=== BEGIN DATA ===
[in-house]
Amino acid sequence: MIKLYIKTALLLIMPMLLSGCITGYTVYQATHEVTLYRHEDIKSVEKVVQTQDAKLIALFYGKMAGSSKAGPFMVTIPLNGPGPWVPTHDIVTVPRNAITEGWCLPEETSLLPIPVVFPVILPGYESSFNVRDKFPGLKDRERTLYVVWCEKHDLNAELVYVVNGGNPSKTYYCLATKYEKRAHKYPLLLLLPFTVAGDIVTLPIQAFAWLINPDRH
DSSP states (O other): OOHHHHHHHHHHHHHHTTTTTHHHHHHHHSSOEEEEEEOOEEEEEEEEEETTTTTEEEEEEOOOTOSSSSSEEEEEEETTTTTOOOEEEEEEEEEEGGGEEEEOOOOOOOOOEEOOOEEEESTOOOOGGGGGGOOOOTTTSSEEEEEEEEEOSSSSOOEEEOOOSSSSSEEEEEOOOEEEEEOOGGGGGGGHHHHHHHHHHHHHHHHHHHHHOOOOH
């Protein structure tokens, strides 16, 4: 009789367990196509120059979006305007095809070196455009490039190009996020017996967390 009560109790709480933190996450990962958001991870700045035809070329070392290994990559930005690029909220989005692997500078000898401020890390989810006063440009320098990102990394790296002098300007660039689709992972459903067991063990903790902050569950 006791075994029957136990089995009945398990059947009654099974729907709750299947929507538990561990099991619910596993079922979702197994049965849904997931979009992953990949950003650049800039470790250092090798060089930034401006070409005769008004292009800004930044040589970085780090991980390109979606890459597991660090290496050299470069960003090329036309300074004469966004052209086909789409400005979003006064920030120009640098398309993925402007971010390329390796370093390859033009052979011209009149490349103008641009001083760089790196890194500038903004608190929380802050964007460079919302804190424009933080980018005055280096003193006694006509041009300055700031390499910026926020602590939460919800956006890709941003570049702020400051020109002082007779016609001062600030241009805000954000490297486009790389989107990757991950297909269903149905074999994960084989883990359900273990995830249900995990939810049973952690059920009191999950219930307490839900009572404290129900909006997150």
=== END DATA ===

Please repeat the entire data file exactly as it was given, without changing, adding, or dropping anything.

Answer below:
[in-house]
Amino acid sequence: MIKLYIKTALLLIMPMLLSGCITGYTVYQATHEVTLYRHEDIKSVEKVVQTQDAKLIALFYGKMAGSSKAGPFMVTIPLNGPGPWVPTHDIVTVPRNAITEGWCLPEETSLLPIPVVFPVILPGYESSFNVRDKFPGLKDRERTLYVVWCEKHDLNAELVYVVNGGNPSKTYYCLATKYEKRAHKYPLLLLLPFTVAGDIVTLPIQAFAWLINPDRH
DSSP states (O other): OOHHHHHHHHHHHHHHTTTTTHHHHHHHHSSOEEEEEEOOEEEEEEEEEETTTTTEEEEEEOOOTOSSSSSEEEEEEETTTTTOOOEEEEEEEEEEGGGEEEEOOOOOOOOOEEOOOEEEESTOOOOGGGGGGOOOOTTTSSEEEEEEEEEOSSSSOOEEEOOOSSSSSEEEEEOOOEEEEEOOGGGGGGGHHHHHHHHHHHHHHHHHHHHHOOOOH
């Protein structure tokens, strides 16, 4: 009789367990196509120059979006305007095809070196455009490039190009996020017996967390 009560109790709480933190996450990962958001991870700045035809070329070392290994990559930005690029909220989005692997500078000898401020890390989810006063440009320098990102990394790296002098300007660039689709992972459903067991063990903790902050569950 006791075994029957136990089995009945398990059947009654099974729907709750299947929507538990561990099991619910596993079922979702197994049965849904997931979009992953990949950003650049800039470790250092090798060089930034401006070409005769008004292009800004930044040589970085780090991980390109979606890459597991660090290496050299470069960003090329036309300074004469966004052209086909789409400005979003006064920030120009640098398309993925402007971010390329390796370093390859033009052979011209009149490349103008641009001083760089790196890194500038903004608190929380802050964007460079919302804190424009933080980018005055280096003193006694006509041009300055700031390499910026926020602590939460919800956006890709941003570049702020400051020109002082007779016609001062600030241009805000954000490297486009790389989107990757991950297909269903149905074999994960084989883990359900273990995830249900995990939810049973952690059920009191999950219930307490839900009572404290129900909006997150």